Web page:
Teaching in the Age of Technology: Tensions and Possibilites
Technology has the potential to alter traditional conceptions of schooling, teaching, and learning. When the School of Education at Acadia University undertook a three year curriculum-wide initiative to embed the use of technology in the Bachelor of Education programme, the faculty and students were faced with many challenges and unique opportunities. The global purpose of the project “Teaching in the Age of Technology” funded through the J. W. McConnell Family was to prepare graduates to be tomorrow’s leaders in the innovative use of technology and pedagogy”. This paper focuses on five themes which evolved over the three years. The discussions of curricular conversations, faculty support, micro- and macro- level projects, the integration of new faculty into the project and the national leadership which emerged identify some of the possibilities and tensions created in a project aimed at preparing pre-service teachers to thing critically about technology and to develop skills in using the technology in ways that are innovative and pedagogically sound.
||Teacher Education, Leadership and Change, Curriculum Integration
International Journal of Technology, Knowledge and Society, Volume 3, Issue 6, pp.63-70.
Article: Print (Spiral Bound).
Article: Electronic (PDF File; 497.001KB).
Director, School of Education, Acadia University, Wolfville, Nova Scotia, Canada
Dr. Hemming is a Professor of Education specializing in curriculum, literacy, and electronic literacies. She is currently the Dean of the Faculty of Professional Studies at Acadia University. She was co-project leader of the technology initiative,"Teaching in the Age of Technology" during her tenure as Director of the School of Education. She has worked extensively in the area of e-literacy
combining her interest in information literacy and workforce and health literacies. She is currently conducting applied research in website usability studies at the Acadia Culture Digital Observatory.
Assistant Professor, School of Education, Acadia University, Nova Scotia, Canada
Deborah Day, Ph.D. is an assistant professor in the School of Education at Acadia University in Nova Scotia, Canada. She teaches assessment to pre-service teachers and is very involved in the graduate programme in counselling, teaching courses in assessment, life and career planning counselling and child and adolescent counselling. She is interested in the roles technology may play to support those involved in preparing for helping professions to develop a more nuanced understanding of critical issues in their field of study. Specicially, she is exploring how pre-service teachers may use technology to consider assessment practices from a critical perspective and how they may gain a deeper appreciation of high school students' implicit theories of assessment, which shape their engagement in the teaching-learning process. Her other research interests focus on conceptualisations of resilience. She has presented papers at a variety of conferences in Canada and the U.S. and has published work in the Journal of Psychological Type and Perceptual and Motor Skills.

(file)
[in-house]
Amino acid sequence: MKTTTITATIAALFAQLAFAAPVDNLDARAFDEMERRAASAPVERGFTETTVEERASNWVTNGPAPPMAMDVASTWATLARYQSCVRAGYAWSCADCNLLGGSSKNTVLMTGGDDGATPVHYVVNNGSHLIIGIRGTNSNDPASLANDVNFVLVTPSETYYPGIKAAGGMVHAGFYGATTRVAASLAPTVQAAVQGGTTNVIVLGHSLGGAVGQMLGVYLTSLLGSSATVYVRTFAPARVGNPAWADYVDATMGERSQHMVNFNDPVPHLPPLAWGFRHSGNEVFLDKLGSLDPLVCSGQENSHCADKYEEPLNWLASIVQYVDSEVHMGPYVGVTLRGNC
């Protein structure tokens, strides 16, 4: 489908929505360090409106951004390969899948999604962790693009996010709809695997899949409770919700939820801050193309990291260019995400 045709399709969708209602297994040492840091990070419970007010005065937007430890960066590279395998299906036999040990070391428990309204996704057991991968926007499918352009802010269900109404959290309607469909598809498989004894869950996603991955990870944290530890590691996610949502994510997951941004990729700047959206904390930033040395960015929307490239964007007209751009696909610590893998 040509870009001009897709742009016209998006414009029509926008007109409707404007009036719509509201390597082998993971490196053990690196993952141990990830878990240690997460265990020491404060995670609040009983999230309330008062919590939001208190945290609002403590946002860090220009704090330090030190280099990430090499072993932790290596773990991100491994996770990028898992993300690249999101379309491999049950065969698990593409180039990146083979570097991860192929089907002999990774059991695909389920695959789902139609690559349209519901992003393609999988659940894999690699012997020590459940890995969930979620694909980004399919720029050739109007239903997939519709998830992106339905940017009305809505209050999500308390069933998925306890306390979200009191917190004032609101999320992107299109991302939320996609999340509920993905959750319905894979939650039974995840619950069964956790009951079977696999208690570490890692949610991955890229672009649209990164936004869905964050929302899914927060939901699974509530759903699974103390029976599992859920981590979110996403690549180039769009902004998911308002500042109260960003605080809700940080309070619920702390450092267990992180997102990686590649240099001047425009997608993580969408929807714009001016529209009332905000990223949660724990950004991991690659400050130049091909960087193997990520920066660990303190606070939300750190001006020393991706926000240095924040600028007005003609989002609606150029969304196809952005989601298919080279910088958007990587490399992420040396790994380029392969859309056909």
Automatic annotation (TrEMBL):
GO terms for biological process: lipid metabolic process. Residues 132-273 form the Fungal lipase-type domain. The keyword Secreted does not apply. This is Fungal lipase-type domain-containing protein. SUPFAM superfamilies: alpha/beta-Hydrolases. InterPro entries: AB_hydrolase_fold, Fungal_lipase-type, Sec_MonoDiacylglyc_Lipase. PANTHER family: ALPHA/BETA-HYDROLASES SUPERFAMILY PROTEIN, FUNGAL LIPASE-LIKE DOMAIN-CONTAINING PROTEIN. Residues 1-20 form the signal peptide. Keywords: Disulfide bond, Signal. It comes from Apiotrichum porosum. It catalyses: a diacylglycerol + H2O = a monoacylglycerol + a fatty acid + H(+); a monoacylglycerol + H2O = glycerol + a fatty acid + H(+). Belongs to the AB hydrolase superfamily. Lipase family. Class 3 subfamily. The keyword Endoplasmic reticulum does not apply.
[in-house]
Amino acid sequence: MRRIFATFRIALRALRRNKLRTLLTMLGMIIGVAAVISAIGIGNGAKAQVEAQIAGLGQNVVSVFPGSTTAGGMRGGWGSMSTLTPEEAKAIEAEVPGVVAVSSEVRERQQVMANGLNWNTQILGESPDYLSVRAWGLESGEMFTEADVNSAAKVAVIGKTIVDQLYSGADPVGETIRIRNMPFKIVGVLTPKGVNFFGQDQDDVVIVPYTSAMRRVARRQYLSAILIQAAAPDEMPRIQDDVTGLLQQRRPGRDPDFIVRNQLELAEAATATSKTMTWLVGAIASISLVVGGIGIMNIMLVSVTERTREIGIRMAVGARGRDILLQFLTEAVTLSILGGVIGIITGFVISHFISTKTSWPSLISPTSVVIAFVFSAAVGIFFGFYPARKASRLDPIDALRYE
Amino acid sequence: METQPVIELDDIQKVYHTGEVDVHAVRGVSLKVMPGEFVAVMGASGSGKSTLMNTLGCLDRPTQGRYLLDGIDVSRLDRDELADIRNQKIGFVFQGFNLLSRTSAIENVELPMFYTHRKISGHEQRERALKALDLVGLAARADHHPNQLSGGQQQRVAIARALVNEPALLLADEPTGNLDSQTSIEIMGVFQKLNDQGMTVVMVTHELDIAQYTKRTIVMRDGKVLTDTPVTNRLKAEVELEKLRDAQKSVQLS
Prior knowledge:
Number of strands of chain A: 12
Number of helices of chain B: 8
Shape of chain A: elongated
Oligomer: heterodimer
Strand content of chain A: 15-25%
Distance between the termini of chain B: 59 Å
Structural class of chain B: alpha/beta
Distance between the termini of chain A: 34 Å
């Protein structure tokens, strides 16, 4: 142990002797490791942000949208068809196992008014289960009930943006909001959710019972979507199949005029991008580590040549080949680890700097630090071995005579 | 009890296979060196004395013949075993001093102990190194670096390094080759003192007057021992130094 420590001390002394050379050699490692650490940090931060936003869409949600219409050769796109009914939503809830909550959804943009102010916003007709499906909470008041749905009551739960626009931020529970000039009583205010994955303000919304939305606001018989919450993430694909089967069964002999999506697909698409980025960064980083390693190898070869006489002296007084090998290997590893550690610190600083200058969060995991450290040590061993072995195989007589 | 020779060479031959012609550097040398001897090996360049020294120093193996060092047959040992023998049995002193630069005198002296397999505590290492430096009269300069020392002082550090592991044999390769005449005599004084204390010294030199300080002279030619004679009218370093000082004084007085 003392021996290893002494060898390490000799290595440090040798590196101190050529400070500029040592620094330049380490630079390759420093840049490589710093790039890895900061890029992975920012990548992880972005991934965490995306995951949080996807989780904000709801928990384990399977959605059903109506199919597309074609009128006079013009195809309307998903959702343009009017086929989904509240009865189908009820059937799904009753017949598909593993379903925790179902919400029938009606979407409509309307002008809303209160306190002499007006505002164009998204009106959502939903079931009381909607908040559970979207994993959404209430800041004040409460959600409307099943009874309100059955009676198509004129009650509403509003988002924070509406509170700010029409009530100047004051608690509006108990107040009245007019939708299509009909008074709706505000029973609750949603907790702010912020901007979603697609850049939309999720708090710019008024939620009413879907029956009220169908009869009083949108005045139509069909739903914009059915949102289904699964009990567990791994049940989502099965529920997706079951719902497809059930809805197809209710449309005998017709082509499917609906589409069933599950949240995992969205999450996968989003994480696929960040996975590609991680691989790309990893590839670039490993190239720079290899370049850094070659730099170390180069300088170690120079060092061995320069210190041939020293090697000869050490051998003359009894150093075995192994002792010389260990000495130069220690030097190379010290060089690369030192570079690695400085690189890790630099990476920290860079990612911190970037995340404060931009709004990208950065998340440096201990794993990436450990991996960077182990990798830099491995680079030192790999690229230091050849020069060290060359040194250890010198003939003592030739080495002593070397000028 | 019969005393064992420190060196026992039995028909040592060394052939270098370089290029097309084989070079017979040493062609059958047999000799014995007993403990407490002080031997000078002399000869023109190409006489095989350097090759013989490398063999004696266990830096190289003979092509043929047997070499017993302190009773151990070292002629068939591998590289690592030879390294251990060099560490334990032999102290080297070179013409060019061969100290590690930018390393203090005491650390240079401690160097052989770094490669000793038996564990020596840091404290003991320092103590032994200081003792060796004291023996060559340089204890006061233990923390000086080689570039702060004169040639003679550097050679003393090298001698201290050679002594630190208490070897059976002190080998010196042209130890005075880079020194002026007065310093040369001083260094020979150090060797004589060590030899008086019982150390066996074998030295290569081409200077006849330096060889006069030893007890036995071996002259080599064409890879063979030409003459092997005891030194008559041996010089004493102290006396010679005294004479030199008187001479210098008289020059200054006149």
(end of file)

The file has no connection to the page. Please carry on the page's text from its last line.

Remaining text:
Professor, School of Education, Acadia University, Wolfville, Nova Scotia, Canada
Academic Background: Bsc(Hon) Chemistry; PhD Biorganic Chemistry (Drug Design);BEd (Science & Math Education); MEd (Science and Technology Education)
Recent Publications include:(a)MacKinnon, G., Aylward, L. & Bellefontaine, J. (2006). Electronic discussion: A case study of the range of applications in a laptop university. Computers in the Schools 23(1) 59-71., (b) MacKinnon, G. (2006). Contentious issues in science education: Building critical thinking patterns through two-dimensional concept mapping. Journal of Educational Multimedia and Hypermedia. 15 (4), pp. 433-445. Chesapeake, VA: AACE.,(c)MacKinnon, G. & Williams, P. (2006). Models for integrating technology in higher education: The physics of sound. Journal of College Science Teaching 35(7), 22-25.,(d)MacKinnon, G. & Williams, P. (2006). An enhanced studio physics model: Which technologies are productive?. Journal of Computers in Mathematics and Science Teaching. 25 (1), 29-40.,(e)MacKinnon, G. R. & Keppell (2005). Concept mapping: A unique means for negotiating meaning in professional studies. Journal of Educational Multimedia and Hypermedia 14 (3), 291-315.,(f)MacKinnon, G. (2005). Symbolic interactionism: A lens for judging the social constructivist potential of learner-centred chemistry software. International Journal of Technology in Teaching 1(2), 89-102. and (g)MacKinnon, G. R. (2005). Forging new teaching models through enhanced communications: Action research in business, education and science classrooms. In Powers, S.M. & Janz, K. (Eds.), Ubiquitous and Pervasive Computing in Higher Education. Terre Haute, IN: Curriculum, Research and Development Center. (peer-reviewed research monograph)
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